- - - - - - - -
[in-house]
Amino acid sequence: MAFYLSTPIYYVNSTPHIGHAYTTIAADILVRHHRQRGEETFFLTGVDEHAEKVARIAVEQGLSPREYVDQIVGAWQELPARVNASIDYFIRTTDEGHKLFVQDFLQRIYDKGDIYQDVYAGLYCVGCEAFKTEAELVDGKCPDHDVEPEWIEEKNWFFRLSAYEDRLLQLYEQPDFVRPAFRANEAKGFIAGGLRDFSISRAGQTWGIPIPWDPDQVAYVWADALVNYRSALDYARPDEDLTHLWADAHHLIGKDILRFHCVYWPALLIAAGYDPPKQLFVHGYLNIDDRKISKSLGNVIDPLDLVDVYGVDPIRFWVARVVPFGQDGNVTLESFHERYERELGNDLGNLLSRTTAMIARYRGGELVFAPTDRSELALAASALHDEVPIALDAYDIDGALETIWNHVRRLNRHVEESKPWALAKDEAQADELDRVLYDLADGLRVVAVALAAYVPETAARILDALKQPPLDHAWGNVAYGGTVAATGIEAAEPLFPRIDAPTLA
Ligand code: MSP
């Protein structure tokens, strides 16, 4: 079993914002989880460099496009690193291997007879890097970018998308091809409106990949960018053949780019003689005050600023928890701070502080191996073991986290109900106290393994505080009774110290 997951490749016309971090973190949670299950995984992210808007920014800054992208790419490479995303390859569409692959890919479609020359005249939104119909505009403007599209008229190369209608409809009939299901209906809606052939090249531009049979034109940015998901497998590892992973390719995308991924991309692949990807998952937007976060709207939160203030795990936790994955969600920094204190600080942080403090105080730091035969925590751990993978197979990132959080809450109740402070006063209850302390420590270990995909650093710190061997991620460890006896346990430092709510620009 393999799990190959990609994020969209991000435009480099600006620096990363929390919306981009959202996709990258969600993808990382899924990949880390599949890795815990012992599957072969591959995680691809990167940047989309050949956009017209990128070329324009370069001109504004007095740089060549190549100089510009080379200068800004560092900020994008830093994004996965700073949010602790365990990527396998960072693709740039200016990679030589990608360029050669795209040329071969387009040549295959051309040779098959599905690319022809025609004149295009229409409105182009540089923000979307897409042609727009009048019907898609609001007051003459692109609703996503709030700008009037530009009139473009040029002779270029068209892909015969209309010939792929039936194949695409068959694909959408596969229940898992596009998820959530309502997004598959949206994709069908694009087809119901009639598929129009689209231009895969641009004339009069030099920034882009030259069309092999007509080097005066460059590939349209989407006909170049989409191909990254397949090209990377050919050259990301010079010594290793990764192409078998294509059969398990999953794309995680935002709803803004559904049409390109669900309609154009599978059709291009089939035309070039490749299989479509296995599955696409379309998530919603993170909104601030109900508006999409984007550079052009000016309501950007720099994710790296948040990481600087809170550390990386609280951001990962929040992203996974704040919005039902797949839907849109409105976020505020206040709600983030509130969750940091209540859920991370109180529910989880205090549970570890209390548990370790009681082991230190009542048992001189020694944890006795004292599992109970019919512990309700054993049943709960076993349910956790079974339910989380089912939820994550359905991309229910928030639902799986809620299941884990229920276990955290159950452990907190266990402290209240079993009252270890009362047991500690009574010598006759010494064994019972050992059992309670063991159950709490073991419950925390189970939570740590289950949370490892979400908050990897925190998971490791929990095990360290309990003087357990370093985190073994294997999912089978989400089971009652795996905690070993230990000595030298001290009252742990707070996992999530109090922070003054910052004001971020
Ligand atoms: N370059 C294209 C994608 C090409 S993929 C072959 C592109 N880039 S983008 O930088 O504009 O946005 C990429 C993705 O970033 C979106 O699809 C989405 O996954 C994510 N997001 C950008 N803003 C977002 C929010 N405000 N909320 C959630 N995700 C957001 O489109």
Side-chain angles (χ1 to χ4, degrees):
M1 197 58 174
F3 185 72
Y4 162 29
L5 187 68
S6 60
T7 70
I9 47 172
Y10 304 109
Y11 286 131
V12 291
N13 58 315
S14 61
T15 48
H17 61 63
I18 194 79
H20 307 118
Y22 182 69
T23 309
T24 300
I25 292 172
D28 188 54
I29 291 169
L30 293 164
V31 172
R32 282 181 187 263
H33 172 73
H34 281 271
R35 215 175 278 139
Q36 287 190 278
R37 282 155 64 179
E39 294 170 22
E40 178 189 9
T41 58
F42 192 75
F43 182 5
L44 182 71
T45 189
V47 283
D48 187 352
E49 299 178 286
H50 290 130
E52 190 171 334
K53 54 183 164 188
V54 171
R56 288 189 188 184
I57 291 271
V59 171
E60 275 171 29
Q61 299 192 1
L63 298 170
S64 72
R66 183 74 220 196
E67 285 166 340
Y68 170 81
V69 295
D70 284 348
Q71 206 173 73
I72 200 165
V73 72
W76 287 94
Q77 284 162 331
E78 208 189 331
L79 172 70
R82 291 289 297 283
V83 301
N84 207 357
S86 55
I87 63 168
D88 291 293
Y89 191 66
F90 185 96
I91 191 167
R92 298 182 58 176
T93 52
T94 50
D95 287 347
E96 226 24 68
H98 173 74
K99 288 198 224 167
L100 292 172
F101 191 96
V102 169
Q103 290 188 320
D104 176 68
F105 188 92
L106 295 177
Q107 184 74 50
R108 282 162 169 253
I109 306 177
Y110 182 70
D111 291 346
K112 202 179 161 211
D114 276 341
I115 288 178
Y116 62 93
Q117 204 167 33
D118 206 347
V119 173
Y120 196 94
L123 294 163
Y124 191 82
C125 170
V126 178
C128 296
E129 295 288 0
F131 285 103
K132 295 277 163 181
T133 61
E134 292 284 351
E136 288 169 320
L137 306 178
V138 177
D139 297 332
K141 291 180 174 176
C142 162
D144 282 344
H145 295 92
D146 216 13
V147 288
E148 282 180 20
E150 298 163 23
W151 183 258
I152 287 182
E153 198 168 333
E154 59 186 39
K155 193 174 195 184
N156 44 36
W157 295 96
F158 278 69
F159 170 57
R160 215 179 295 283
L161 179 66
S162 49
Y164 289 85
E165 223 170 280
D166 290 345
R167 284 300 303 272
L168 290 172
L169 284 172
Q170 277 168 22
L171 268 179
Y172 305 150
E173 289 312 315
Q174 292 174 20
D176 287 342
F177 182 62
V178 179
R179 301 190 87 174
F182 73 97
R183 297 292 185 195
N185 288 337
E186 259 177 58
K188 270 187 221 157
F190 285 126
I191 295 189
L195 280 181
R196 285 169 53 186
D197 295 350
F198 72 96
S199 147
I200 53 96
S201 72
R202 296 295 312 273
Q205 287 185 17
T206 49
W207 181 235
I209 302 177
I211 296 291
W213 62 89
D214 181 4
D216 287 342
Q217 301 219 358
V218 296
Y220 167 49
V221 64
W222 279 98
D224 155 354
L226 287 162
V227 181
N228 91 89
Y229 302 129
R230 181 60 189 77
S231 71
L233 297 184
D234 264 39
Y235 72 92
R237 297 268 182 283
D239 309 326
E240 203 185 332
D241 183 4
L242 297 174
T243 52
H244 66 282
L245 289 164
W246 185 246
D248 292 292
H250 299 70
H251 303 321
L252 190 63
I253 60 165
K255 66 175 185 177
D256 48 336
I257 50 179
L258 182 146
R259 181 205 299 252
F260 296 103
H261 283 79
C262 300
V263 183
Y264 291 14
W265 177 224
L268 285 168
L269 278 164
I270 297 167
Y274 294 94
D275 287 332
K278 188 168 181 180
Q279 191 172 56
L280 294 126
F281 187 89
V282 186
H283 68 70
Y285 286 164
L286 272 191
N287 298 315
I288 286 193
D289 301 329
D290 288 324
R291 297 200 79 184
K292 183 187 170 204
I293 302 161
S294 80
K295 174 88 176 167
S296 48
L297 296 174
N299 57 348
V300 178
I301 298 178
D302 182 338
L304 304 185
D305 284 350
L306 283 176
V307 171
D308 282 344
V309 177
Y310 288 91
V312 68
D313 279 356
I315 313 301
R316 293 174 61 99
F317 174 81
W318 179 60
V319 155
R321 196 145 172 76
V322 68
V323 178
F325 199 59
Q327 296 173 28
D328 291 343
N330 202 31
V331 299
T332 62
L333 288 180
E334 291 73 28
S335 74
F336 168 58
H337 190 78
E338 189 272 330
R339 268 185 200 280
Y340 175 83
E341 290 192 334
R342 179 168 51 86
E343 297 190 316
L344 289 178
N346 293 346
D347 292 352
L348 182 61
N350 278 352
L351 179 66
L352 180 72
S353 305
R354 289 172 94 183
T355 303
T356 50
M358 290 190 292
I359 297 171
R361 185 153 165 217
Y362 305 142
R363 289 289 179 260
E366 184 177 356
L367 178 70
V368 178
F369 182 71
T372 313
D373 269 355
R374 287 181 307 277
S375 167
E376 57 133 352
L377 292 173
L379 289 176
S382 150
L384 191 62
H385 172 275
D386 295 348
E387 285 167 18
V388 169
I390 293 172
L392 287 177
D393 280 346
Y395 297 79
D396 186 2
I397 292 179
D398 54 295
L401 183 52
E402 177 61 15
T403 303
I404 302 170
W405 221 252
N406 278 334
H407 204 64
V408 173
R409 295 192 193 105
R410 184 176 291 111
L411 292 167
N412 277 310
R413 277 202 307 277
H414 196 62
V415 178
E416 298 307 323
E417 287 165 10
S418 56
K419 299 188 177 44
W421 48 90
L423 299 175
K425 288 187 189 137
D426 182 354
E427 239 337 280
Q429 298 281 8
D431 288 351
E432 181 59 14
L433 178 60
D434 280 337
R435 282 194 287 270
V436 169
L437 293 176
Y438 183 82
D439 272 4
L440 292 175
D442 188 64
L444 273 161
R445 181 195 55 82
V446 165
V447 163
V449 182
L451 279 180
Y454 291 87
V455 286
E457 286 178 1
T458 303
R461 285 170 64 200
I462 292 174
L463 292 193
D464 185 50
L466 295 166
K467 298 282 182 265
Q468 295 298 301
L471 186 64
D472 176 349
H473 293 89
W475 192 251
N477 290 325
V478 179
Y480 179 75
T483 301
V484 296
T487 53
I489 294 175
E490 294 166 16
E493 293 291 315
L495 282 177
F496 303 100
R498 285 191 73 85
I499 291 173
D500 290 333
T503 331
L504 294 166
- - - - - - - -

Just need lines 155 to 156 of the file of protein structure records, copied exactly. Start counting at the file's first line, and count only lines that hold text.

F182 73 97
R183 297 292 185 195